It’s not long now until season six of Line of Duty returns to our screens.
The much-loved police drama, centred around Ted Hastings’ suitably corruption-riddled anti-corruption unit AC-12, is set to return to BBC One on 21 March.
A high-octane new trailer for the series dropped on Tuesday, featuring guest star Kelly McDonald alongside Martin Compston and Vicky McClure, as their characters face down a suitable cocktail of murder, corruption and seasons-long intrigue.
But it turns out there was more to the 60-second trailer than meets the eye.
Observant fans have discovered an incredibly well-hidden trail of Easter eggs that reveals additional clues about what may be in store for AC-12.
In the first few seconds of the trailer, the shot focuses on a magazine cover, which features a QR code.
Those who scan the code with their smartphones are taken to a PDF file showing a letter “from the office of the Chief Constable”, sent to DCC Andrea Wise.
“I think it is high time we had a much closer look at AC-12,” the letter reads.
“I’m beginning to question whether this department is fit for purpose especially under its current – and let’s be frank – extremely difficult leadership.
“Ted Hastings doesn’t lead investigations, more commit to a crusade. He is oblivious to the politics of the situation which creates problems for me and problems for you because policing is politics.
“And should AC-12 even be led by someone who himself has been accused of corruption?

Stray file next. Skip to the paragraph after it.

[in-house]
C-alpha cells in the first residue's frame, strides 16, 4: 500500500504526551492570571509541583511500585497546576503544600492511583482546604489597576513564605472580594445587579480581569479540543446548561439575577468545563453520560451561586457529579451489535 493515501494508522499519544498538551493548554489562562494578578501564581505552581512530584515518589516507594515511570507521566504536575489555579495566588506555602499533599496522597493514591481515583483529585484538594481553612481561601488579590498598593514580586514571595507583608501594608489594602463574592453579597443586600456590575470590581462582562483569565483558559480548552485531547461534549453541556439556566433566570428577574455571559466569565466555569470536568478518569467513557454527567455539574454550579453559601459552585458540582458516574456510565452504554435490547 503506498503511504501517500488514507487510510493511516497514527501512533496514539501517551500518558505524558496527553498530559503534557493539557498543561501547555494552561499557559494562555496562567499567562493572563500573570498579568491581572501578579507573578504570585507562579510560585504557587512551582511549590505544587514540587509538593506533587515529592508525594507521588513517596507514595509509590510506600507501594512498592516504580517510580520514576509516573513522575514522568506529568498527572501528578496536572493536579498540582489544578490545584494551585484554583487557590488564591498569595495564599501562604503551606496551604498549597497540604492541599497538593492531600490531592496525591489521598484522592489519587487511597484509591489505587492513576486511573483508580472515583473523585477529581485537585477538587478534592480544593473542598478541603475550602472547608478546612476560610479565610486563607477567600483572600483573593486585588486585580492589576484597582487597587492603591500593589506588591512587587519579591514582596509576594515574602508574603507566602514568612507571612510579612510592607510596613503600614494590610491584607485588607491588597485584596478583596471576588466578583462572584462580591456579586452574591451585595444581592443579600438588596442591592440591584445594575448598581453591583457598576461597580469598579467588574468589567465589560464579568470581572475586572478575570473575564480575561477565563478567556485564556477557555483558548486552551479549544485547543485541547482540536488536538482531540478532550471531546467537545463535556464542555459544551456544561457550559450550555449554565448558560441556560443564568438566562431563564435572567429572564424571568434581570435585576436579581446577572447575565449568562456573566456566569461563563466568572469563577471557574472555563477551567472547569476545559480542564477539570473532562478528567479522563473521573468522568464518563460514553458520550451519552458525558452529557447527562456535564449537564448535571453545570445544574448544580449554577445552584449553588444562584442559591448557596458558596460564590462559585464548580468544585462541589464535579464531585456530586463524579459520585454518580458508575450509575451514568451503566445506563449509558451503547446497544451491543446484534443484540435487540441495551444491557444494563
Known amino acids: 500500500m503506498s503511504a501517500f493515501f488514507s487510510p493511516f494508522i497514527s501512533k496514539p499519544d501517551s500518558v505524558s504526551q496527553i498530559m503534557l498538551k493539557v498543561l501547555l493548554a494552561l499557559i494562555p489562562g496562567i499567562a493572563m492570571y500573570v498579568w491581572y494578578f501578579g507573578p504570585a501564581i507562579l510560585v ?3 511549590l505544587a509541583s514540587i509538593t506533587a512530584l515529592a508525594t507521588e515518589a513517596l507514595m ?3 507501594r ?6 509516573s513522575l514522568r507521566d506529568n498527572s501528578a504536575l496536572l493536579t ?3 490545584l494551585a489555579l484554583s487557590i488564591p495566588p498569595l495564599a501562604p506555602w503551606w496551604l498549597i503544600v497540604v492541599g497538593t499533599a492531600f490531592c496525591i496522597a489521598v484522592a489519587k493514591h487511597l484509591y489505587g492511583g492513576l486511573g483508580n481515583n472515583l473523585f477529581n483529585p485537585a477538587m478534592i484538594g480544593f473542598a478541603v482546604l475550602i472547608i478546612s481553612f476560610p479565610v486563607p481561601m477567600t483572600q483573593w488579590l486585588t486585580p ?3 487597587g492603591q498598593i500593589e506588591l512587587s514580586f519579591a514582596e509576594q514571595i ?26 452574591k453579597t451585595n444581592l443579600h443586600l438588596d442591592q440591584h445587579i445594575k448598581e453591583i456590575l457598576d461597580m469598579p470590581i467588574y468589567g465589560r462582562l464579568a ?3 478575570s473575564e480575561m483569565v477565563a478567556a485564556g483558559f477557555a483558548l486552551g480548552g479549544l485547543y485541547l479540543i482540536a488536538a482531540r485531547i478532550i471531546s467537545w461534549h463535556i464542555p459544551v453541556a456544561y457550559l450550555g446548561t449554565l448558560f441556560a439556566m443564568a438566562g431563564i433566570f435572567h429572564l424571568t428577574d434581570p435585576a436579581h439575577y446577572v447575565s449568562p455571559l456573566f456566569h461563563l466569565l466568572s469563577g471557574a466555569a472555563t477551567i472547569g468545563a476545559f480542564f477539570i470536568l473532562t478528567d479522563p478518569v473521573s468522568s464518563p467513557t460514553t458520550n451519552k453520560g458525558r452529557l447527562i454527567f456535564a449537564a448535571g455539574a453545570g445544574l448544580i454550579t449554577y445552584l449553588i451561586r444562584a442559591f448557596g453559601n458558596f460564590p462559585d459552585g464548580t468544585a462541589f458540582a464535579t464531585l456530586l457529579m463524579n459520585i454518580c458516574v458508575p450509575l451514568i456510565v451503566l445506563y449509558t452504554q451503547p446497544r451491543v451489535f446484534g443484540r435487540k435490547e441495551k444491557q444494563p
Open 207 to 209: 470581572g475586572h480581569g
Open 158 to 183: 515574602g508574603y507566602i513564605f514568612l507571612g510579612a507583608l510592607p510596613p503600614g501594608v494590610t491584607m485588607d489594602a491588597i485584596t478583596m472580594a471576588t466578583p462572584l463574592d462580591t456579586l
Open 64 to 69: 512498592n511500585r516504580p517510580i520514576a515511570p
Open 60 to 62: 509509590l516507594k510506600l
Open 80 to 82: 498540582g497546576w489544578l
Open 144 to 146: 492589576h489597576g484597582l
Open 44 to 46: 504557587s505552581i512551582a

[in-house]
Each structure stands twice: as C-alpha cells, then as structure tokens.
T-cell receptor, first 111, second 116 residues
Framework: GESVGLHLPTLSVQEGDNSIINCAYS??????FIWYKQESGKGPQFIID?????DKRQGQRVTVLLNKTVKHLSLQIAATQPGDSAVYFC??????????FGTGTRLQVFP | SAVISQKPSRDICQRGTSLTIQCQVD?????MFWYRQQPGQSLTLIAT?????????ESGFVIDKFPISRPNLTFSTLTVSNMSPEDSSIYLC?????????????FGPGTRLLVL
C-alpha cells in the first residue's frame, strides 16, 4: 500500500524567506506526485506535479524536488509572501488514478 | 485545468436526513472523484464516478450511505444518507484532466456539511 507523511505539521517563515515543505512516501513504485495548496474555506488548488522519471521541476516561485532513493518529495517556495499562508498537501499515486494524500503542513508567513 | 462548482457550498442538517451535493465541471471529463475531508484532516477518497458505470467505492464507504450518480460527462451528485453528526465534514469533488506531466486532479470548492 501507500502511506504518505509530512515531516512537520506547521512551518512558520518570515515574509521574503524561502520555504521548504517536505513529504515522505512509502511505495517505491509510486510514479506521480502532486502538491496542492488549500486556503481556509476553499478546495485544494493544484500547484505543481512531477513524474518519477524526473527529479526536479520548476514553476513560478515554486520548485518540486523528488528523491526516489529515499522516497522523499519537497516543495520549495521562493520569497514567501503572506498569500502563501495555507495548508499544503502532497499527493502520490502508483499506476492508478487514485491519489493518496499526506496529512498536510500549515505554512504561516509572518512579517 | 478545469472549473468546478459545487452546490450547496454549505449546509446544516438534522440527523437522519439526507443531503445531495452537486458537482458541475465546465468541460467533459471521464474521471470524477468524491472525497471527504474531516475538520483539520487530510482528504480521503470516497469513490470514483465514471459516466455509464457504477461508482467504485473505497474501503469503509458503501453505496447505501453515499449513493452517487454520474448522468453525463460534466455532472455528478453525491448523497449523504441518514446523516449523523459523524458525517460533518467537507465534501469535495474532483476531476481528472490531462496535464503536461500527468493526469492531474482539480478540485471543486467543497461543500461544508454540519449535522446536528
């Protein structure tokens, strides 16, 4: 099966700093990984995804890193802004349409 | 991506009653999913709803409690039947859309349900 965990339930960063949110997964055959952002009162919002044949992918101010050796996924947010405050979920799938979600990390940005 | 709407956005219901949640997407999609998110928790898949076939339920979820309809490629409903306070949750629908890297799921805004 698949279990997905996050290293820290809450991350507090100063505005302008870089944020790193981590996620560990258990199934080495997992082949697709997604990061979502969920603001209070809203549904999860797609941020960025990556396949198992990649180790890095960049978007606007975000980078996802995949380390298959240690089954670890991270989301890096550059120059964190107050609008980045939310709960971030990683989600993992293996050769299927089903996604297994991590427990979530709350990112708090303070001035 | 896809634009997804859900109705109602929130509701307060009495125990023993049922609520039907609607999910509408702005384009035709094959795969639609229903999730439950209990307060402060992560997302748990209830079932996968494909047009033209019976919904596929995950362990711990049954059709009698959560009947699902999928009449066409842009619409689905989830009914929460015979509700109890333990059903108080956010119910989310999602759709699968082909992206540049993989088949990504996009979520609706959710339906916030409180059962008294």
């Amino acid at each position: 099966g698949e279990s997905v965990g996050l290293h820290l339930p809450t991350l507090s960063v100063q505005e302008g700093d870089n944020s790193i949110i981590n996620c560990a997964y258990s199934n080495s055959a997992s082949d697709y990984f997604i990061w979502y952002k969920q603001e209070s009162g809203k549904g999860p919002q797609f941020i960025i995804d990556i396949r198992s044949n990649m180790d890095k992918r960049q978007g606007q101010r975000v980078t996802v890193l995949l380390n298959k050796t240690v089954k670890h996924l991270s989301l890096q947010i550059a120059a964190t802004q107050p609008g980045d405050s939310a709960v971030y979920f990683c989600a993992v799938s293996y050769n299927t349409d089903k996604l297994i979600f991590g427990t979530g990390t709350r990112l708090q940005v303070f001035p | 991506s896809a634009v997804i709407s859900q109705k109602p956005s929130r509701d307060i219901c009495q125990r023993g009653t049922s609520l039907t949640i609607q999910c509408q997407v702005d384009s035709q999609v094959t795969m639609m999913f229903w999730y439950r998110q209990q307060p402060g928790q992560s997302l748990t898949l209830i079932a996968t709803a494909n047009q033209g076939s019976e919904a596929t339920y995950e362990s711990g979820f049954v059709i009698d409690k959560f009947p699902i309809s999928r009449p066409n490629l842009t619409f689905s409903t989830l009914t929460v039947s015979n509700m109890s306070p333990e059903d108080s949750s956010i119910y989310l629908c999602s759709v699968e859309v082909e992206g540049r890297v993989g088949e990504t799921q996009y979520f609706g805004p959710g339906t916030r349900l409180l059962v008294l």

“The question is what to do next? Is it time for a leadership change? What role should Ted Hastings have in this organisation – if any at all?”
The word “next” in the letter is also hyperlinked – taking fans to a prescription for benzos and opiates written for DS Steve Arnott (Compston).
Within the prescription, fans spotted a hidden morse code inscription, which took them to this video.
The short clip shows a police press conference at which the Police and Crime Commissioner announces that “Operation Pear Tree has completed a thorough investigation into institutionalised complicity between organised criminals and corrupt police officers” – and that no corruption had been found.
There are a further two clues within the video – notably a link to a location on Google Maps in Birmingham, and another mysterious-looking code: “(Hx6) + ? .xyz.”
While we won’t spoil the rest of the surprise, this Twitter user has detailed the cryptic Easter egg hunt through until its conclusion.